Associated with the work of Jane Naomi Iwamura, this term names the process by which non-Asian cultures, particularly in the United States, produce and use imagined Asian spiritualties, turning them into media-created and media-driven stereotypes of the iconic “Oriental monk.” Virtual Orientalisms represent a way in which Western cultures imagine and consume idealized Oriental spiritualties especially in the digital age.
Sources & Examples: Jane N. Iwamura, Virtual Orientalisms: Asian Religions and American Popular Culture (Oxford, 2011); Helen Jin Kim, et al., “Asian American Religious History.” In The Oxford Handbook of Asian American History (Oxford, 2016); Edward King, Virtual Orientalism in Brazilian Culture (McMillan, 2015).
Scholars use this term usually to describe the ways in which a range of visual media have been used to imagine and construct the (Oriental) Other as being essentially different from the (Western) Self. These media include comics, graphic novels, news media, television, and fashion, as well as more traditional visual media such as painting and photography. Scholars observe that most often Orientalists have used these media stereotypically to imagine the Oriental Other as being, among other things, exotic, alien, dangerous, inscrutable, sensuous, lacking in civilization, and immoral. Often, Middle Eastern and other Asian women are the focus of these stereotypes, which draw on such images as the veil, the harem, and belly dancing to define their exotic and sexually alluring nature. There are other scholars, however, who argue that much of this analysis relies too heavily on the one-sided views of Edward W. Said and thus misrepresents the complexities of visual Orientalisms and the differing values and commitments of Western Orientalists. While in theory and to a degree in practice, scholars use this term more broadly than its more narrowly constructed cognate, pictorial Orientalism, there is in fact a good deal of overlap between the two. In many cases, these two terms are used to refer especially to paintings and photographs in virtually the same way.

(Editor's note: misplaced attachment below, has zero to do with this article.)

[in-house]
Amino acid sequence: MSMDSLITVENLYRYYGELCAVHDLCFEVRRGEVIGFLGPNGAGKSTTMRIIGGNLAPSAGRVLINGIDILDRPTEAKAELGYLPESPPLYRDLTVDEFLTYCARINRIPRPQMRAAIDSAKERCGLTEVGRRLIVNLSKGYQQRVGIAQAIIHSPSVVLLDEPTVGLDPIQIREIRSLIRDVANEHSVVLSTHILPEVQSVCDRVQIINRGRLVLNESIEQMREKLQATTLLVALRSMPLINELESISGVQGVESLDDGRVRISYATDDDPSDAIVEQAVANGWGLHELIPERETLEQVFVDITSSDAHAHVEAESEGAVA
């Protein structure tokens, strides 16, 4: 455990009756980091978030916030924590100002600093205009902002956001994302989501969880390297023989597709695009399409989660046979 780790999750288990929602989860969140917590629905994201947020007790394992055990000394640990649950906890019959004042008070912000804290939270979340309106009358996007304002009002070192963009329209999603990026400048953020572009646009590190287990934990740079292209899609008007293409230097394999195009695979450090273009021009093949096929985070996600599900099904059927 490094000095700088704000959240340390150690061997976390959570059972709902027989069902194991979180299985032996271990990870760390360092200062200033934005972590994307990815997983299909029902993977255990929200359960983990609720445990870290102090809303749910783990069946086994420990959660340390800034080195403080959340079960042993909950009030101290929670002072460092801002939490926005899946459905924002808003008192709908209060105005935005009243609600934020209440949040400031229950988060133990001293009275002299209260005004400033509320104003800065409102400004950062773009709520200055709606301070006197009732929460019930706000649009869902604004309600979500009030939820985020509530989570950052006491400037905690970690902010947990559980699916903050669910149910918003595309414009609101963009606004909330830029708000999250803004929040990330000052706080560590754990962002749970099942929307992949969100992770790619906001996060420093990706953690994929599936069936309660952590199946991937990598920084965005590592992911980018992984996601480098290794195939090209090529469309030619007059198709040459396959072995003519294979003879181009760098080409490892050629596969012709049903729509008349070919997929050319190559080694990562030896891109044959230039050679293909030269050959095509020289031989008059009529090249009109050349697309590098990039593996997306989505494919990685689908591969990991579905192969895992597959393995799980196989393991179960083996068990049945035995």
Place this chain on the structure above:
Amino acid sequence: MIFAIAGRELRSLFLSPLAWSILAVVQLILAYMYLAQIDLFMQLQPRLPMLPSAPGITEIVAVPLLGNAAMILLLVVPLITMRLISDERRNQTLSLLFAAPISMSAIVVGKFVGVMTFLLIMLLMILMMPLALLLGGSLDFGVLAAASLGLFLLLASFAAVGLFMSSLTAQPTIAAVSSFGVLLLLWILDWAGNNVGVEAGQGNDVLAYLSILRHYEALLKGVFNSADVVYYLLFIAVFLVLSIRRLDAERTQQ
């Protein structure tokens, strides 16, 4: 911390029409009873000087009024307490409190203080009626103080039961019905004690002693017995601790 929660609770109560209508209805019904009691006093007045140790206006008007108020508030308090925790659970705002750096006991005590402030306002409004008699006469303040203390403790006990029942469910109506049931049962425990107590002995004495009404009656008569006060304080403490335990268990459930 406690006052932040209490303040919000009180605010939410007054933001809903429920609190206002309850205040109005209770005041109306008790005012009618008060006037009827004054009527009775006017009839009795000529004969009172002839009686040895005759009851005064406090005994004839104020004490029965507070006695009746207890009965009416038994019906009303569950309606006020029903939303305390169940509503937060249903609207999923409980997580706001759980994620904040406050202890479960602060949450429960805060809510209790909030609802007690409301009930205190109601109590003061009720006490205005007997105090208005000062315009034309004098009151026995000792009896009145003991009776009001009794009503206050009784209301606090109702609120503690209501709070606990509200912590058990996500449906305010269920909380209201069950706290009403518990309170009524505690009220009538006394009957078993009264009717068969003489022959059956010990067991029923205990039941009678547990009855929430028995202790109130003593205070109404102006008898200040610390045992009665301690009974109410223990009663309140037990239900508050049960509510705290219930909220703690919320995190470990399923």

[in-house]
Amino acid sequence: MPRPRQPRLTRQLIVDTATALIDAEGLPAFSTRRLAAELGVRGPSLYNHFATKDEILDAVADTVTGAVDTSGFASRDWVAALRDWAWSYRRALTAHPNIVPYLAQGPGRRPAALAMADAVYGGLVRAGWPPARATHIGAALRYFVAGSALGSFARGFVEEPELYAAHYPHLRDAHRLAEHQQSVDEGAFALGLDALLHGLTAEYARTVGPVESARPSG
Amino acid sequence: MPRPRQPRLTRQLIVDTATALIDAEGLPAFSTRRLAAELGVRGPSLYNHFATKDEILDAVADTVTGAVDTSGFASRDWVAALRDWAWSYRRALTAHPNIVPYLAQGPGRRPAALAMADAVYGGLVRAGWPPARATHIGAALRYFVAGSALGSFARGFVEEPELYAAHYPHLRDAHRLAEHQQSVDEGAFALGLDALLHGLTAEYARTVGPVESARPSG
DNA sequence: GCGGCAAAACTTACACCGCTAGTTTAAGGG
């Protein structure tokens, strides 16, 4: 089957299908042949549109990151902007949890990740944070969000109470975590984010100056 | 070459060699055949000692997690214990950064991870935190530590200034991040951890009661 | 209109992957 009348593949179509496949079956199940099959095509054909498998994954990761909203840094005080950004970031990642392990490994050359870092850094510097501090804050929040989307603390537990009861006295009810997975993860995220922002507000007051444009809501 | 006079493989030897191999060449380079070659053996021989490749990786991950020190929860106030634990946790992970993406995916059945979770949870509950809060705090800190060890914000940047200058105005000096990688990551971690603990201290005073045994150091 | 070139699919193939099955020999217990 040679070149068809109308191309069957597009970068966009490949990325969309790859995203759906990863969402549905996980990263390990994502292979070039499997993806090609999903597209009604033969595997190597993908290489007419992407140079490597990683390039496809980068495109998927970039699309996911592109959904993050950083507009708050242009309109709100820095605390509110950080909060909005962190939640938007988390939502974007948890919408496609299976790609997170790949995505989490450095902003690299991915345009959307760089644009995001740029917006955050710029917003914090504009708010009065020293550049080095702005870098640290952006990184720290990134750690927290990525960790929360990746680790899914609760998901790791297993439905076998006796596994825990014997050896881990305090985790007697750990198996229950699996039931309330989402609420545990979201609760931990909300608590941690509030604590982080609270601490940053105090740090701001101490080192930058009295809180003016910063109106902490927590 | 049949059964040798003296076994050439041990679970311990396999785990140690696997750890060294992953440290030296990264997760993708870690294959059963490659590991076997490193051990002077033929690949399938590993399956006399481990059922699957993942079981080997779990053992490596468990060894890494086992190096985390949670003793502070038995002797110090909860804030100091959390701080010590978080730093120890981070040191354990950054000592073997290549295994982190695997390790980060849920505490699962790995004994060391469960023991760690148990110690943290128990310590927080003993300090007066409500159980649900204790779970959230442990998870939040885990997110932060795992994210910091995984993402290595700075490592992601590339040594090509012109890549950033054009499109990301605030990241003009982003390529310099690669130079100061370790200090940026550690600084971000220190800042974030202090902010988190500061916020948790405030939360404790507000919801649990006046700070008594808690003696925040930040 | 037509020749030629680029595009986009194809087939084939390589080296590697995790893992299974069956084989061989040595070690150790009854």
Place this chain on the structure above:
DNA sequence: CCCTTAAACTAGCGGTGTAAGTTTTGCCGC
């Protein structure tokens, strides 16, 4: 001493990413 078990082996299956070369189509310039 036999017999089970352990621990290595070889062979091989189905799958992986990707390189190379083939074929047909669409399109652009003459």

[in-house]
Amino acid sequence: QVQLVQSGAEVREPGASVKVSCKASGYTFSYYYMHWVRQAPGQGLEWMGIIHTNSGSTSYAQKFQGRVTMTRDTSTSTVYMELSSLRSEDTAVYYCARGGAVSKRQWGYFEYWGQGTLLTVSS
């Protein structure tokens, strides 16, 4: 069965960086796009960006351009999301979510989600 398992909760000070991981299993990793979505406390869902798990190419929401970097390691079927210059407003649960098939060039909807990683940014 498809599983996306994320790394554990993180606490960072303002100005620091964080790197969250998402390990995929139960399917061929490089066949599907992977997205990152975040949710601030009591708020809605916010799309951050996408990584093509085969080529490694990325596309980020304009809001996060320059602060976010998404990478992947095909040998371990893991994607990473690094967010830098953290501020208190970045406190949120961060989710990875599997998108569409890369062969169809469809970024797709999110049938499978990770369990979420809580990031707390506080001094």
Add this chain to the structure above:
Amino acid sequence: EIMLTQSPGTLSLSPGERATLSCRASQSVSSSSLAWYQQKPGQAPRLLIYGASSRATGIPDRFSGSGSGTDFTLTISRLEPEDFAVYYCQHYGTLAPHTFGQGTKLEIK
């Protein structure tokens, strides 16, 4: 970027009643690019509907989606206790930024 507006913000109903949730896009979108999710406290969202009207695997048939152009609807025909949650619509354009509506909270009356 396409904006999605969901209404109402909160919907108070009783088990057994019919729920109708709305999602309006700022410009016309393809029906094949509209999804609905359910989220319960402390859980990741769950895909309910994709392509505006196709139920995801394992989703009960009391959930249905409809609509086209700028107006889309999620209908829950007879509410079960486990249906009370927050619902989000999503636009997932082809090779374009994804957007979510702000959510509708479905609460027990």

See also: Aesthetic Orientalism, Avant-garde Orientalism, Fashion Orientalism, Ideological Orientalism, Oriental Look, Pictorial Orientalism, Saidian Orientalism, Sexual Orientalism, Spiritual Orientalism, Techno-Orientalism.
Sources & Examples: Ali Behdad, “Orientalism Matters.” Mfs: Modern Fiction Studies 56 (2010); Joseph A. Boone, The Homoerotics of Orientalism (Columbia, 2014); Elena T. Creef, Imaging Japanese America: The Visual Construction of Citizenship, Nation, and the Body (New York U., 2004); Elizabeth S. Hurd, “Appropriating Islam: The Islamic Other in the Consolidation of Western Modernity .” Critique: Critical Middle Eastern Studies 12 (2003); Rachael B. Jones, “(Re)Envisioning Self and Other: Subverting Visual Orientalism Through the Creation of Postcolonial Pedagogy” (Ph.D. Diss., U. of North Carolina at Greensboro, 2007); Reina Lewis, “Gender, Orientalism, and Postcolonialism.” In Rethinking Nordic Colonialism: A Postcolonial Exhibition Project in Five Acts (Nordic Institute for Contemporary Art, 2006); Reina Lewis, Gendering Orientalism: Race, Femininity and Representation (Routledge, 1996); Giles Tilloston, The Artificial Empire: The Indian Landscapes of William Hodges (Curzon, 2000).
Suzanne L. Marchand coined this rarely used term to describe a form of German scholarly Orientalism, which began in the late 19th century and functioned as a counter-discourse to ideologically-grounded academic Orientalism. It, instead, imagined an admirable Orient and a degenerate West.
See also: Academic Orientalism, Ideological Orientalism, Positive Orientalism, Reverse Orientalism.
Sources & Examples: Suzanne L. Marchand, "German Orientalism and the Decline of the West." Proceedings of the American Philosophical Society 145 (2001).